The construction industry operates by word-of-mouth to a great extent. Therefore the question: How binding is someone's word. A typical example of verbal arrangements in the construction industry is subcontractor bidding. In typically last-minute preparation of their bids contractors and subcontractors rely on verbal prices from subcontractors and material/equipment suppliers. The contractor or subcontractor involved will usually rely upon those verbal bids in fixing his own bid. If awarded the contract, he would then call upon the bidder to perform or supply equipment or materials at the price verbally bid. What happens if the bidder refuses or has attempted to withdraw his bid sometime earlier? Legally the bid is an offer and under traditional law an offer may generally be withdrawn at any time before it is accepted by the party to whom the offer is made. Another legal rule involved is that to be a valid contract the parties must agree upon all material terms. The application of those legal principles to the above examples suggests two problems: (1) if the bidder can withdraw or refuse to honor its bid, the whole bidding process is frustrated, and (2) the verbal bid usually includes only a price. Agreement on many other terms would still need to be agreed upon in the formation of a binding contract. A number of courts have wrestled with this problem. Older cases usually ruled that verbal bids were not binding. However, a number of recent court decisions have ruled that the bidder can be legally bound to his bid made with the knowledge that it would be relied upon by the party to whom the bid was submitted. Those courts' rulings are based upon doctrines of fairness and practicality, recognizing that to rule otherwise would be unfair to the party whose own bid relied on the bidder's price.
In the construction industry, bidding practices, constraints of time and last minute pricing efforts do not usually allow for solicitation and the submission of written bids containing all legal niceties.
One recent court decision [Harry Harris, Inc. v. Quality Construction Company of Benton, Kentucky, Inc., 593 S.W.2d 892 (Ky. App. 1979)] ruled against the subcontractor who attempted to withdraw its bid after discovering a $9,000 error. The court permitted the contractor to recover the difference between that subcontractor's bid and the higher cost paid another subcontractor for the work involved.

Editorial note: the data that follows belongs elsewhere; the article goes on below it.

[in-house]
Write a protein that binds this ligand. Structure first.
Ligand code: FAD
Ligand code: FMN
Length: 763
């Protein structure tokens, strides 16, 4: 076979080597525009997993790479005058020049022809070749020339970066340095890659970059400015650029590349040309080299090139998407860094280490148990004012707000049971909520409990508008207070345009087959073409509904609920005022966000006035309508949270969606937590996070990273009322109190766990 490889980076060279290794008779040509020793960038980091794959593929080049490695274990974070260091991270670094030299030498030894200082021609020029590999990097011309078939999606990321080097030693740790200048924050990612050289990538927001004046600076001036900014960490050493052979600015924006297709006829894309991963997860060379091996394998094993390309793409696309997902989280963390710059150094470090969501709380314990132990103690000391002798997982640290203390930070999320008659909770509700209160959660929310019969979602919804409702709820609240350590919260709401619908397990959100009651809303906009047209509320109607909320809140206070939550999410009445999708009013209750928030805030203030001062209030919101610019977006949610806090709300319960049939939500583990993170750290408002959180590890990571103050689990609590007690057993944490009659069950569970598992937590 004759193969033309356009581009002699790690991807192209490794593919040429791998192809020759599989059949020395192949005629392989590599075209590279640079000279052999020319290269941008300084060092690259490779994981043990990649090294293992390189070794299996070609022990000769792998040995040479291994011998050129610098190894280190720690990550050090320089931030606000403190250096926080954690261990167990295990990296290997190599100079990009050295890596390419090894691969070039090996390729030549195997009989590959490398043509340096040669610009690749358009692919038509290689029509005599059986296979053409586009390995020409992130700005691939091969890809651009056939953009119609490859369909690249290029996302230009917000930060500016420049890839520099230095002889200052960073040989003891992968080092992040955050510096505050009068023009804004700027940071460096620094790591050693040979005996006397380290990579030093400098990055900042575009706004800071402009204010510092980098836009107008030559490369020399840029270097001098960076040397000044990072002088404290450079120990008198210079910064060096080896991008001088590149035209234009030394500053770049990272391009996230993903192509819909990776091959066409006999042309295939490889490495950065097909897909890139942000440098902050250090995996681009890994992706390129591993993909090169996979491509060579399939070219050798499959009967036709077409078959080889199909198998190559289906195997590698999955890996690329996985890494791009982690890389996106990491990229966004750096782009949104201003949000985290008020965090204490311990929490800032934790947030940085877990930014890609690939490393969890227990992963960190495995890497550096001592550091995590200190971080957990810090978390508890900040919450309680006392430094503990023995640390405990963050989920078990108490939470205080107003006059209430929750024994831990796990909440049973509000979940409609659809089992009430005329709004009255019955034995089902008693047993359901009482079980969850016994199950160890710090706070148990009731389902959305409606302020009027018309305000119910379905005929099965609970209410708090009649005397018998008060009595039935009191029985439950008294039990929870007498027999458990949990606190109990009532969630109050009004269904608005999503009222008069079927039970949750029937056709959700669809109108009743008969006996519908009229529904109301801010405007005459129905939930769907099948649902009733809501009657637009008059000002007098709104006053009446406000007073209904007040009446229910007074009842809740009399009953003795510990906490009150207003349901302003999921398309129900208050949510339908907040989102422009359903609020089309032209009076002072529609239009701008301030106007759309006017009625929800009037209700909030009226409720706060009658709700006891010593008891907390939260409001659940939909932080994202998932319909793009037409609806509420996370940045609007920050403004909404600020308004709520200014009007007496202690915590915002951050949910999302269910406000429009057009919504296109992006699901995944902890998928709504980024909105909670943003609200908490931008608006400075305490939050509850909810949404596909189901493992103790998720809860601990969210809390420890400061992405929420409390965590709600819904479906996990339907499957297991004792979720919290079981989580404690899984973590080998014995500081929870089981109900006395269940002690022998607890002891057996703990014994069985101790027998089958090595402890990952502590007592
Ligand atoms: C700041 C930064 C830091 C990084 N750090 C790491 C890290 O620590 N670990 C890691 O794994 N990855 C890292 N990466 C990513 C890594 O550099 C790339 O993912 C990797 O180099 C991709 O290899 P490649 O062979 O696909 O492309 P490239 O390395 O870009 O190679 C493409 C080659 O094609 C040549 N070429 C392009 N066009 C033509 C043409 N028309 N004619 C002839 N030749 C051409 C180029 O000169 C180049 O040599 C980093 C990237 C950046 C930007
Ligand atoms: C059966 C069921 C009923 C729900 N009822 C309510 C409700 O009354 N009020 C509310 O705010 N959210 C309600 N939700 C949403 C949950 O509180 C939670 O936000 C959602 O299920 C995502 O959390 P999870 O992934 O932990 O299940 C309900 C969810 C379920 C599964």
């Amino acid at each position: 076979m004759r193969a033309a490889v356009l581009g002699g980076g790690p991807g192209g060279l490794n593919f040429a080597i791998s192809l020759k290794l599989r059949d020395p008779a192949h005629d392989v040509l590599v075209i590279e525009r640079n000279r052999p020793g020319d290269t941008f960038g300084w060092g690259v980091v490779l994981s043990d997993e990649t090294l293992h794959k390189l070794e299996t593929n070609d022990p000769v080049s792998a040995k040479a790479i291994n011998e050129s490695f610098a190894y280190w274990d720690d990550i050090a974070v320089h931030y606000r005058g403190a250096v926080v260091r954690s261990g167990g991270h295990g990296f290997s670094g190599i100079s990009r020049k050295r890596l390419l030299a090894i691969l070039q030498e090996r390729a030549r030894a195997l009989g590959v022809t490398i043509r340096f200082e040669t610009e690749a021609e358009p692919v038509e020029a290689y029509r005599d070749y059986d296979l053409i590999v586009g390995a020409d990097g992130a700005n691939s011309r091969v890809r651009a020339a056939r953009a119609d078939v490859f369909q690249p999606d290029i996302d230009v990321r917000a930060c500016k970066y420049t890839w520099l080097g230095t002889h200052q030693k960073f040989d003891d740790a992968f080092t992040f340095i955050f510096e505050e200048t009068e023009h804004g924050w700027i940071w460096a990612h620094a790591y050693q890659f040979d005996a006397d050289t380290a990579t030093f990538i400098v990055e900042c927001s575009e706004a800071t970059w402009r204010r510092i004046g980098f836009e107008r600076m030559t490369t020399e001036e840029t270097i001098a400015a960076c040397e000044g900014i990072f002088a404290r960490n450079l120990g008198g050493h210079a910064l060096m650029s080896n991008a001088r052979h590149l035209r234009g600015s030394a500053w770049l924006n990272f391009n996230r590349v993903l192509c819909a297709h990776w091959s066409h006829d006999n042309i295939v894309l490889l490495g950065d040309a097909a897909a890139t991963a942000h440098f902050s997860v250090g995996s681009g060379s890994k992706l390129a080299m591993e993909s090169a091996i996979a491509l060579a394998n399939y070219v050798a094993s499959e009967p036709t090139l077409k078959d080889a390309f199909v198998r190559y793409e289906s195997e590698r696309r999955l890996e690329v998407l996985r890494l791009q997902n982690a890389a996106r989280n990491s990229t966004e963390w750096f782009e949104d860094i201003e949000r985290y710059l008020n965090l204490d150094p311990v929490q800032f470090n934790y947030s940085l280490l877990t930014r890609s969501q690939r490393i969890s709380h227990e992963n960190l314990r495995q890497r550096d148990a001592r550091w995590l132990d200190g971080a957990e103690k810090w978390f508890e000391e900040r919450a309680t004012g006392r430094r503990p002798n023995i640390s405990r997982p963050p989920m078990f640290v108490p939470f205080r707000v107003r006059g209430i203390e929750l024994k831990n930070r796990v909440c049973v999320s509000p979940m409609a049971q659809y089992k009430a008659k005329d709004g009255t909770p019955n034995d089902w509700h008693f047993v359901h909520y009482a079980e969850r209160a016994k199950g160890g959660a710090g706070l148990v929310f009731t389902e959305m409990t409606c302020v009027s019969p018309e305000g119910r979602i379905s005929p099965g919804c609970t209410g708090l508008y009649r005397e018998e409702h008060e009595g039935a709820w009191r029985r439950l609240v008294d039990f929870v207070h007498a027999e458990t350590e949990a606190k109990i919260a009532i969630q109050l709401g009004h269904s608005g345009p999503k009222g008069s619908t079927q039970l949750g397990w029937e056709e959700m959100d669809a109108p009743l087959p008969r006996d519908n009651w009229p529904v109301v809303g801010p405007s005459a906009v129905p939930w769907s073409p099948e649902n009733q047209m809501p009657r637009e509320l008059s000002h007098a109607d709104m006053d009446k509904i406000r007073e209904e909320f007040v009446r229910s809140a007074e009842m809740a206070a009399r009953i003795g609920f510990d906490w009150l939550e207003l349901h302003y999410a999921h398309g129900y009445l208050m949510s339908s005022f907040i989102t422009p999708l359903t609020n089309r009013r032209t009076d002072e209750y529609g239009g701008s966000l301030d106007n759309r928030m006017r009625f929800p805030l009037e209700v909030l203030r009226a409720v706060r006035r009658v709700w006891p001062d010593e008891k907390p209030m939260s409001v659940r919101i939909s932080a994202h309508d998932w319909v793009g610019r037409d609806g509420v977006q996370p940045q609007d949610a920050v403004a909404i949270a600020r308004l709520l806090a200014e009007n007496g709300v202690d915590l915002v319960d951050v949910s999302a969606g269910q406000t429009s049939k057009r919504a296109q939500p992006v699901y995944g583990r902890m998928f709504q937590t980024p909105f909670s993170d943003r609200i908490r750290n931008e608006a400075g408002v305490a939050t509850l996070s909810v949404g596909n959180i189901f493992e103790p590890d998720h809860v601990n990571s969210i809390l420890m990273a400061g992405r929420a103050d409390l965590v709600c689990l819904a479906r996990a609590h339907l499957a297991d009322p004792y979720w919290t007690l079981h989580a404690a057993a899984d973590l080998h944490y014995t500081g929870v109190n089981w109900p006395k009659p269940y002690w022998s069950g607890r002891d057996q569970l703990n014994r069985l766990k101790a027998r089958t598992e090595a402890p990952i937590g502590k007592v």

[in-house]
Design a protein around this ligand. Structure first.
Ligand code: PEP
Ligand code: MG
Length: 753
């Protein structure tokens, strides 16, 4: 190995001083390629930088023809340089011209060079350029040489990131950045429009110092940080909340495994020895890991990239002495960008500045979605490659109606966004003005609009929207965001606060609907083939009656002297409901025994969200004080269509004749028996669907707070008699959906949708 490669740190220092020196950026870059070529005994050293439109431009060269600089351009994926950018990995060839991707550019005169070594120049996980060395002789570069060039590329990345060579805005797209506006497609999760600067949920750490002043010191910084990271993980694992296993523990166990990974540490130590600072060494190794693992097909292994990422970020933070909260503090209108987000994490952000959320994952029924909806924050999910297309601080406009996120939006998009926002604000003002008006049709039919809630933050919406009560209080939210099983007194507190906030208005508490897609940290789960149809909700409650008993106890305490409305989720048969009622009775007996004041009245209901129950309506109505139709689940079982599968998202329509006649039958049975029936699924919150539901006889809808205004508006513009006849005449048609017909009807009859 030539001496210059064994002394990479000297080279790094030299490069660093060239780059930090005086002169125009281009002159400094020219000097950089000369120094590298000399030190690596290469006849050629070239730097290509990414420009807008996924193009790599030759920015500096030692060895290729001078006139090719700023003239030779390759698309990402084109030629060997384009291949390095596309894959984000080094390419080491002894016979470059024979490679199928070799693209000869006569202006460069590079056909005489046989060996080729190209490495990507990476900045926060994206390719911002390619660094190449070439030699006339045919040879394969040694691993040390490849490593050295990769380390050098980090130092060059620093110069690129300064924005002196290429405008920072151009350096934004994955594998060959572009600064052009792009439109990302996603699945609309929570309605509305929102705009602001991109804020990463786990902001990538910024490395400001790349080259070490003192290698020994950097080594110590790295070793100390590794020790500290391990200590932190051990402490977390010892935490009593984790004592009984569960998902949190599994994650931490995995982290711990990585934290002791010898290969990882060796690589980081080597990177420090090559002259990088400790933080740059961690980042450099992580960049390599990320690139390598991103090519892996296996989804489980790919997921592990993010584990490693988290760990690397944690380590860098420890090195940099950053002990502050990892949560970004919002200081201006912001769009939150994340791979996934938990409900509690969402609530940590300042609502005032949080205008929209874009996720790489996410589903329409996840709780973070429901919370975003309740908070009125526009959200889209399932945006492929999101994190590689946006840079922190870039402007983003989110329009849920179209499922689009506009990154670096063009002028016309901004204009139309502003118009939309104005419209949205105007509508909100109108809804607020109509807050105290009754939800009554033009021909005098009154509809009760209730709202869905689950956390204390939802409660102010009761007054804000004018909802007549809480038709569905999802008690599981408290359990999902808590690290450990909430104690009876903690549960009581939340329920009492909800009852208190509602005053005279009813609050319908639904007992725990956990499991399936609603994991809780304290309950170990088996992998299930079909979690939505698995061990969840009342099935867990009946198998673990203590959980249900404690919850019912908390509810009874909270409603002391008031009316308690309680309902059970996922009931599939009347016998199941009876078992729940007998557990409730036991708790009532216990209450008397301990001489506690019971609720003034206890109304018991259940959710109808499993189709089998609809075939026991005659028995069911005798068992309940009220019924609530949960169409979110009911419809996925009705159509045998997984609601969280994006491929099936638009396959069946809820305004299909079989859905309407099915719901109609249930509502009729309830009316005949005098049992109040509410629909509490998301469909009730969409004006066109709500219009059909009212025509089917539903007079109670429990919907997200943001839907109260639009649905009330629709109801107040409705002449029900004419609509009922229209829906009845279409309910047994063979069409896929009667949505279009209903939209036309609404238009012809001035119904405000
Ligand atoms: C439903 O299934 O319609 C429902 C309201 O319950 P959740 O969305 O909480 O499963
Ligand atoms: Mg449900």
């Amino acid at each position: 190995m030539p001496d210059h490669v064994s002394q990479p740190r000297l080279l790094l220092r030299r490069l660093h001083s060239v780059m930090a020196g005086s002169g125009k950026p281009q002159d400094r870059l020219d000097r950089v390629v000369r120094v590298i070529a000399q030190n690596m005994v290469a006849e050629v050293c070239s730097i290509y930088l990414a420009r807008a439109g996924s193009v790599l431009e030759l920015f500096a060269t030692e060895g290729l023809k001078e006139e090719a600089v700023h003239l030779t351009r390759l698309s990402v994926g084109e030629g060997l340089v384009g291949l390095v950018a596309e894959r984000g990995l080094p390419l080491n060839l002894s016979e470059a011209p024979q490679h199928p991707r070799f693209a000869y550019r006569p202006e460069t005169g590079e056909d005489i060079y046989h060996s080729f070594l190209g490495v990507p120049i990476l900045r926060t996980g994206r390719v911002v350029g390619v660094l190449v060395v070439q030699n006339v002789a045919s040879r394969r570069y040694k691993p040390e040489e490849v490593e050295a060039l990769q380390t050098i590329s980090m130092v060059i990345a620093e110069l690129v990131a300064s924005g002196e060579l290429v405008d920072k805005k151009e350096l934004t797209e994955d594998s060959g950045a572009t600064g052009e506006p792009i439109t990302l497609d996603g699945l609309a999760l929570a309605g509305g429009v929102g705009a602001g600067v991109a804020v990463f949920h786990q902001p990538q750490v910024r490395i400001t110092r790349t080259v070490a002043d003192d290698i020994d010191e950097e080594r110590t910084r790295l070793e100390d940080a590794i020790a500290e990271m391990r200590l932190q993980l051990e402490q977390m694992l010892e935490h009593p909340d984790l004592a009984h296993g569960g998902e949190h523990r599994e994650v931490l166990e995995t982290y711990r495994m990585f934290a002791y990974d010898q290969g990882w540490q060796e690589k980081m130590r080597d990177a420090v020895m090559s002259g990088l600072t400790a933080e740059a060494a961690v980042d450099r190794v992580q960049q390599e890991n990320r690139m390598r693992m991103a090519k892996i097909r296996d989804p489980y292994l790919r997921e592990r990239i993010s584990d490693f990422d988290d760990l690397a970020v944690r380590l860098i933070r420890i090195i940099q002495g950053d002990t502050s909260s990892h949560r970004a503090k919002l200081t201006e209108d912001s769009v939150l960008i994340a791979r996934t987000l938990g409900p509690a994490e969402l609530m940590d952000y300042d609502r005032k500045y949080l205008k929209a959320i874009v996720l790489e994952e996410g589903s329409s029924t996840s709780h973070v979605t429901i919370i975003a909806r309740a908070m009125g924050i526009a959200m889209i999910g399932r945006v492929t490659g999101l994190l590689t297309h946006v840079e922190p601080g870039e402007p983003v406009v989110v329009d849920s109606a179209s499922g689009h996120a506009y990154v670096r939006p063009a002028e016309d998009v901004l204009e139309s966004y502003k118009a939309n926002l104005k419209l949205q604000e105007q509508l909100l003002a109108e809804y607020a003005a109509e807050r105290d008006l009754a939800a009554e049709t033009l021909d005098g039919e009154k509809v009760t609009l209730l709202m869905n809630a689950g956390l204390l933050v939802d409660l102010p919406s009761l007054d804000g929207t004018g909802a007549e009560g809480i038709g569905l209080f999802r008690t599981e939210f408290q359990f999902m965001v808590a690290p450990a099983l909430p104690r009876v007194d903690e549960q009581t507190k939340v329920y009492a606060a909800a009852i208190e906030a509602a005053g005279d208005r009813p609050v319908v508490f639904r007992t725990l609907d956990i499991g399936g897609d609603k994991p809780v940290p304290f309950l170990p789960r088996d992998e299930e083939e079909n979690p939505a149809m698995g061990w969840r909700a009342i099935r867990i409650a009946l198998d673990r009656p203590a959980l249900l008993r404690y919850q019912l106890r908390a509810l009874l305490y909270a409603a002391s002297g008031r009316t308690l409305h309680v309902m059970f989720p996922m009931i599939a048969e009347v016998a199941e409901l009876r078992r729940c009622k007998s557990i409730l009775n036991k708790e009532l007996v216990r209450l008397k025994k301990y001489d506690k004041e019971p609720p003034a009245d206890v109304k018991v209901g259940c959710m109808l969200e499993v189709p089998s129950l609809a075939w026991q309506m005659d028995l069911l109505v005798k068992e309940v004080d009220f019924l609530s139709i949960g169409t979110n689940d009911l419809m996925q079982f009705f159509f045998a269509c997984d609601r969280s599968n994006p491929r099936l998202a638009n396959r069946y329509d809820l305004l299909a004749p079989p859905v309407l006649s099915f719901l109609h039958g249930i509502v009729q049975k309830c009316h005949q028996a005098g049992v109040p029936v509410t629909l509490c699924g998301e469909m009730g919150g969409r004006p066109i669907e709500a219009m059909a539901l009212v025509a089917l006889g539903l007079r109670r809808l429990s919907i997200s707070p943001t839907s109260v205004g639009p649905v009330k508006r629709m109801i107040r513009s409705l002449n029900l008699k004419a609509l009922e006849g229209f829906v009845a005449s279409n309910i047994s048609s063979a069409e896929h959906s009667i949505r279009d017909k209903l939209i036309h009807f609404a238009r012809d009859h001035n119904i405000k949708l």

A Colorado appellate court decision held that a subcontractor-bidder was bound by his bid and liable for damages when it refused to perform because the contractor had relied on his bid. Mead Assoc., Inc. v. Antonsen, 677 P.2d 434 (Colo. App. 1984).
The fact that there is a lack of uniformity in court decisions in the several states, suggests the establishment of bidding procedures designed for the purpose of avoiding problems of this nature.
Such procedures should include the best documentation possible. At a very minimum a written memorandum of every verbal bid should be made and kept. The memorandum should include the name of its author, the name of the company and person making the bid, the precise time and date, the amount and scope or identification of the work, materials or equipment contemplated and any other details involved.
Consideration should also be given to letter confirmation of bids containing language to the effect that if awarded the contract, the bidder will be expected to enter into a subcontract or purchase order arrangement with terms as set forth in an enclosed subcontract or purchase order form. Naturally, if time permits, a written contract or subcontract, subject to award, would be legally preferable.
Apart from the practical lessons to be learned from this discussion is the fact that the law is not static. As typified by the Kentucky and Colorado cases cited above, the law does change to meet current business conditions and concepts of fairness and practicality. However, change is usually slow and evolutionary and for that reason sound business practices dictate efforts to either conform to existing law or meet legal changes.